Elena Ferrante says that “We have to accept the fact that no word is truly ours.” She says that “We have to give up the idea that writing miraculously releases a voice of our own, a tonality of our own”. We never achieve excellence out of nowhere. Never all at once, and never on our own. If we think that it can come out of the blue, if we think it can arrive fully formed in an instant, or if we think that we can achieve it alone, all we have really done is failed to think it through, failed to pay attention, failed to retrace our steps, failed to cite our sources.
“Everything, in writing has a long history behind it”, Ferrante says, and we must get “comfortable with everything that has already been written”, we must “reckon with other writing.” Excellence is iterative and incremental. It is the slow and unfolding outcome that follows from the daily act of making choices and adaptive corrections. And no matter how solitary the process seems to be, our ultimate achievement of excellence is predicated upon a plethora of engagements, interactions, and exchanges with people and ideas that have each discreetly and imperceptibly pushed us to be better than we were before. “Writing,” explains Ferrante, is “entering an immense cemetery where every tomb is waiting to be profaned”, it is “seizing everything that has already been written and gradually learning to spend that enormous fortune”.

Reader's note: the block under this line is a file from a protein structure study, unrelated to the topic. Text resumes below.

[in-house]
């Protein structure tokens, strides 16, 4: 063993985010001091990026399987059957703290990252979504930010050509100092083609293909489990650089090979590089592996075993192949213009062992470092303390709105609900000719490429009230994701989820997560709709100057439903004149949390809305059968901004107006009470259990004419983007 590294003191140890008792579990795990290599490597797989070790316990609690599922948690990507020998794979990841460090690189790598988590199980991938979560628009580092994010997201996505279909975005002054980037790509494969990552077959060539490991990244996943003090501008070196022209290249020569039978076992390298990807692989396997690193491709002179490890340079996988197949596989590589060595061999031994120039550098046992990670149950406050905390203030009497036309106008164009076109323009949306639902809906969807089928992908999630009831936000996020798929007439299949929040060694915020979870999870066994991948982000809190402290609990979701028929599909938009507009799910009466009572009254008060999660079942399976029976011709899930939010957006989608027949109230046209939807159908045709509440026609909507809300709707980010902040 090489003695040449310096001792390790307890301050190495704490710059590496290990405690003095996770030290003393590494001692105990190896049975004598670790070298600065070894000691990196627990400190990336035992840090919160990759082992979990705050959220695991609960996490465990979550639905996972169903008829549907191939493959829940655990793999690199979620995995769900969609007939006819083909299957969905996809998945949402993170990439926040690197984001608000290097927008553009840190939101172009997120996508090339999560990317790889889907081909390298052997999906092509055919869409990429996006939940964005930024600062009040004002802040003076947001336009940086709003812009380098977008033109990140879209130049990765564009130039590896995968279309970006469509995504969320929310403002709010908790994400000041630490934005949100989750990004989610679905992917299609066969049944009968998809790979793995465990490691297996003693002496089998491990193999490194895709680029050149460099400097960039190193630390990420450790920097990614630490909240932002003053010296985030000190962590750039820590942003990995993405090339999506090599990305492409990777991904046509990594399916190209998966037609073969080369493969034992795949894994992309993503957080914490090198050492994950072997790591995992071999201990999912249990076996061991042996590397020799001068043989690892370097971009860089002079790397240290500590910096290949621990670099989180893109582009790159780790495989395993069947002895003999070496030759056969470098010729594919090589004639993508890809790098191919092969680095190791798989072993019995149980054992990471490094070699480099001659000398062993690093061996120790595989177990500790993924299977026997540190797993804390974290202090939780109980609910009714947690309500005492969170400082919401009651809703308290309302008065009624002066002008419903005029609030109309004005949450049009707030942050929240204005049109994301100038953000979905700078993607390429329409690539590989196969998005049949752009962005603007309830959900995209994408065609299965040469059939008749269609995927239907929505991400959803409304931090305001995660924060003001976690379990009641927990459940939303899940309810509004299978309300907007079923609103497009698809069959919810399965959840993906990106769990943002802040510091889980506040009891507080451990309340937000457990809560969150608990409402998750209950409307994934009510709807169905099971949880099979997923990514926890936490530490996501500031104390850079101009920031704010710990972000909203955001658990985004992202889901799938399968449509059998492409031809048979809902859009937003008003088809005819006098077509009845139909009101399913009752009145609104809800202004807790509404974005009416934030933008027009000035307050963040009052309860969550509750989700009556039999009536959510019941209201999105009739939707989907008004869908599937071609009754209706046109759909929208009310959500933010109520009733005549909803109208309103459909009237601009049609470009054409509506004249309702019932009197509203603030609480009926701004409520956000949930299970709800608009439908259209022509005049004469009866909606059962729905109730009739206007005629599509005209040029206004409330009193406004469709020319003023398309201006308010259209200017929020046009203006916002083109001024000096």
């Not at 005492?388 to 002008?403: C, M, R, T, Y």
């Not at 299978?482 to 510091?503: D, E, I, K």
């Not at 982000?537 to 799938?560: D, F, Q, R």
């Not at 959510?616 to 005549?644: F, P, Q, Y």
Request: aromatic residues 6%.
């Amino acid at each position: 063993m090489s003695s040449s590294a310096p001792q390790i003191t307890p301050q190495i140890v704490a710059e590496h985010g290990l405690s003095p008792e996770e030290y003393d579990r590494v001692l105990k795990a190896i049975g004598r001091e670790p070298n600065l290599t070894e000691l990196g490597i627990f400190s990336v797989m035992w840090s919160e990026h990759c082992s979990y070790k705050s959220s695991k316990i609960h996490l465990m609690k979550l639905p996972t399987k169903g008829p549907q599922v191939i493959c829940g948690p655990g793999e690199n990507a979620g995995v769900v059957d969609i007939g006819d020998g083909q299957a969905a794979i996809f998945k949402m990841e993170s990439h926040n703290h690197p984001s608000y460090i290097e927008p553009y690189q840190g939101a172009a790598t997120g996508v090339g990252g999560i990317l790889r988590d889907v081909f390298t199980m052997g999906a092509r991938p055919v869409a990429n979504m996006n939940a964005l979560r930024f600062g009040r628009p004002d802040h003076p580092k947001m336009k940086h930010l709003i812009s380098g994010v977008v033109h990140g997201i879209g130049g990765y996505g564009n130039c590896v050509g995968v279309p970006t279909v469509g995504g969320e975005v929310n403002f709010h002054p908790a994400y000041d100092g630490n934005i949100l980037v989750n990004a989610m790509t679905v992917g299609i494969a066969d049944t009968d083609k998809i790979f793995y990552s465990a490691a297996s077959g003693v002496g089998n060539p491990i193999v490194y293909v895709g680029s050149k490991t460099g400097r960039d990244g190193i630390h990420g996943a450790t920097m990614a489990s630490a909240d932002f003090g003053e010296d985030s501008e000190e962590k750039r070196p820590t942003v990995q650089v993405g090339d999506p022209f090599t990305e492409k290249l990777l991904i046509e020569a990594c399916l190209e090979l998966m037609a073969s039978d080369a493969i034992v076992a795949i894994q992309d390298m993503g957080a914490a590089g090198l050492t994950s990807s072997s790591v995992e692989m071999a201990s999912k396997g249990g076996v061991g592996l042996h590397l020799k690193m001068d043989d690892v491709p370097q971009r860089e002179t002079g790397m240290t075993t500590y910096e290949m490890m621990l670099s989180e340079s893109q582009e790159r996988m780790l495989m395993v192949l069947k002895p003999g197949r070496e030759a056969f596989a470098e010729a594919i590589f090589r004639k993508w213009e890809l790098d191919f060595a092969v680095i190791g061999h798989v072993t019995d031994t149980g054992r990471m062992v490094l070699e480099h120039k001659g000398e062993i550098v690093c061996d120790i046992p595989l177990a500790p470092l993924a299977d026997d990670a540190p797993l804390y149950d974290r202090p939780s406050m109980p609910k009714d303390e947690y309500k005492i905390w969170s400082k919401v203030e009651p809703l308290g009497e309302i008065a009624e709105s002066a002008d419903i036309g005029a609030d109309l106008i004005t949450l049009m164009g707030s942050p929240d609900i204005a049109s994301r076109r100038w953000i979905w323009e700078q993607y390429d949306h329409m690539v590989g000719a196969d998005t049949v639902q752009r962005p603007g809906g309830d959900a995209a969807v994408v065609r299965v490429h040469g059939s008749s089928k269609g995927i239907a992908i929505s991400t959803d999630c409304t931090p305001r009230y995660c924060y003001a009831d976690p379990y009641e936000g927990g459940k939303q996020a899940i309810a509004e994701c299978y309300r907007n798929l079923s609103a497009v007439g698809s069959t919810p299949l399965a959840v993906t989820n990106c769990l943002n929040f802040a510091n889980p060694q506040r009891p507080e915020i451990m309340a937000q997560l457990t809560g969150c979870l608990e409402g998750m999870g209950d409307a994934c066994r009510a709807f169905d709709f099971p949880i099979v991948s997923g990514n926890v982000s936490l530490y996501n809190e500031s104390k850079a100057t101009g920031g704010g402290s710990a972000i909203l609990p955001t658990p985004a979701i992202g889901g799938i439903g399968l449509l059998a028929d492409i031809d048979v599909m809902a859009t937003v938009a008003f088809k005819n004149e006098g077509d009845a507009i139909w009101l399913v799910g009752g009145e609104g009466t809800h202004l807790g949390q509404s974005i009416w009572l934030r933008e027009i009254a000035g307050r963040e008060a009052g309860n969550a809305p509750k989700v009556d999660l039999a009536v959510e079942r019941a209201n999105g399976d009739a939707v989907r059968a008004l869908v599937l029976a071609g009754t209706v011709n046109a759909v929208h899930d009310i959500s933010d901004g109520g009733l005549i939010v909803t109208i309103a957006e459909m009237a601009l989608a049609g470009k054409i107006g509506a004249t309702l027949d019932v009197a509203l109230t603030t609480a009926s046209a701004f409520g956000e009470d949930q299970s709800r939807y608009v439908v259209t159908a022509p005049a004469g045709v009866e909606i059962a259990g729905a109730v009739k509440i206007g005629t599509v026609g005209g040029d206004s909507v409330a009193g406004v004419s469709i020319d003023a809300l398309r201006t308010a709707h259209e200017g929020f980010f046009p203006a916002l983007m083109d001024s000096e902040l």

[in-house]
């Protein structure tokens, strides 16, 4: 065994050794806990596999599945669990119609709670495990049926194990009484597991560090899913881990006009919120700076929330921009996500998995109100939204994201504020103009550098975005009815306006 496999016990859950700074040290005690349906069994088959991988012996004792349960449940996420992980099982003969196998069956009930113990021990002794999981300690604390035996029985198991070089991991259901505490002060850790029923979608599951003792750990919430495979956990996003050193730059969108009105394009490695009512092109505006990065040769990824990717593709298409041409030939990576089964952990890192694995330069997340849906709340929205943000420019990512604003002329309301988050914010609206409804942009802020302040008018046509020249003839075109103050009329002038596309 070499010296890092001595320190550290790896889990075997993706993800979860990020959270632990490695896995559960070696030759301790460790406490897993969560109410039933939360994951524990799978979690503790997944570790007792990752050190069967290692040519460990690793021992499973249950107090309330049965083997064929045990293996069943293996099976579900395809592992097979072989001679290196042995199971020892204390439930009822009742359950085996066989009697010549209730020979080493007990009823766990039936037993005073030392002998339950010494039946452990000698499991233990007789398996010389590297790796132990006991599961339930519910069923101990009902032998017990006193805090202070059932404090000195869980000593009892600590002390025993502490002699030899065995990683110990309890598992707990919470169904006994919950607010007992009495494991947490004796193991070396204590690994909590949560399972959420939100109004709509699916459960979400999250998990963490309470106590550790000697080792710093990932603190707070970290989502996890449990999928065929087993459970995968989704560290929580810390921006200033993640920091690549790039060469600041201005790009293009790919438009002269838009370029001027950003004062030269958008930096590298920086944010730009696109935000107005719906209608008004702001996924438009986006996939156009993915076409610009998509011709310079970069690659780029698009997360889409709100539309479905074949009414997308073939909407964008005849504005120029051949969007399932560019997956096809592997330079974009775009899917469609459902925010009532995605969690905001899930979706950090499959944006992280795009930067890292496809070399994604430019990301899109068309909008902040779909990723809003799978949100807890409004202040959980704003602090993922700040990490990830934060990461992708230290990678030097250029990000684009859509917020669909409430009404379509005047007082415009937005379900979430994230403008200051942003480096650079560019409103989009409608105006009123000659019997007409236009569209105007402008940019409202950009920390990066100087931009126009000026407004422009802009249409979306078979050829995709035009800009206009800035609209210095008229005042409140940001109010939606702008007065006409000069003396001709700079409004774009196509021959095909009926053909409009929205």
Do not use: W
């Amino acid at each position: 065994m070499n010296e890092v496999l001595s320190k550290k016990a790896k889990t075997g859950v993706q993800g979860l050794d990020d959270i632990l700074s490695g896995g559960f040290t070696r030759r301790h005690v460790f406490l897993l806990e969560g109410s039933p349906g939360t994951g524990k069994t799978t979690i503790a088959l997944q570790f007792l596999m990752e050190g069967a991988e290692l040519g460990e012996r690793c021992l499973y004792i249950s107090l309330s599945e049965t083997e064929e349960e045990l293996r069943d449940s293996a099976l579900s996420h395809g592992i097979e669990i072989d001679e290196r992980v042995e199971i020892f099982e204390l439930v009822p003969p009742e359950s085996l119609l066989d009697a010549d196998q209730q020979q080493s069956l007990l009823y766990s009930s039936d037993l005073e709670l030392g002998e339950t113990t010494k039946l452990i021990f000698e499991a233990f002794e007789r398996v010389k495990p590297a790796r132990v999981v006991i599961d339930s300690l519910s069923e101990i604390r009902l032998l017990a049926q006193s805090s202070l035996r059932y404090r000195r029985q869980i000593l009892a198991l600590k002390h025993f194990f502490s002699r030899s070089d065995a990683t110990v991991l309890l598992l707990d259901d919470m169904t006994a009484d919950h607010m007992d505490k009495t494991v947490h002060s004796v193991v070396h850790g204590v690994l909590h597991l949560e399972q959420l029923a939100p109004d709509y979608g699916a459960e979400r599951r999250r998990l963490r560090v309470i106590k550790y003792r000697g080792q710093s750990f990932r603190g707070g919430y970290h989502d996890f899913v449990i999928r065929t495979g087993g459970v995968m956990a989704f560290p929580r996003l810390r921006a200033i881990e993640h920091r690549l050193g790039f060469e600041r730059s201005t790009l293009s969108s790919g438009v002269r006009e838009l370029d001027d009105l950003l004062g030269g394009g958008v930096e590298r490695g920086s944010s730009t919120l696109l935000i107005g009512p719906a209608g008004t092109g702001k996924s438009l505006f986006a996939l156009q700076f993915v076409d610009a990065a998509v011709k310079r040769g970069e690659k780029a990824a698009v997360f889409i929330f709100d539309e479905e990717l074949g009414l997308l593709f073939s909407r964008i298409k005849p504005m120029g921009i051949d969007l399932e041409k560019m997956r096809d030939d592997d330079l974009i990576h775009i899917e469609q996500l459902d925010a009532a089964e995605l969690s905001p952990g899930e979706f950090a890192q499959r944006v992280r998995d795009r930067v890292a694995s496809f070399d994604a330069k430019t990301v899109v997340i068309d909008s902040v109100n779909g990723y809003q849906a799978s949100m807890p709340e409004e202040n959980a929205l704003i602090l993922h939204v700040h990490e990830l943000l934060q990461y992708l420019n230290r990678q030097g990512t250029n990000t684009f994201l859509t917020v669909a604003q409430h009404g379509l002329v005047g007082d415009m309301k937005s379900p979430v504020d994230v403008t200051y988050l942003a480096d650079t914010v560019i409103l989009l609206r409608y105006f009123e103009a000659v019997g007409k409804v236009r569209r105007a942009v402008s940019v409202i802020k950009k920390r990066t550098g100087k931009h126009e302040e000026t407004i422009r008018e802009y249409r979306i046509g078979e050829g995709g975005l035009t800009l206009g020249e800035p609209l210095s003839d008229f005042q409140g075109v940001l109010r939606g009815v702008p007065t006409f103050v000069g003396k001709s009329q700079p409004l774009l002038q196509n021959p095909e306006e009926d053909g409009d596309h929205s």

We commune with what has come before, with all those that are both present and past, all the people on the other side. Their words like crumbs marking the path. And we realize that we are but one in a long line of “I’s” who writes in effort to make a more excellent version of the last; “a fragment among fragments”, Ferrante says. A piece of an elegant theory that helps us get to a better one.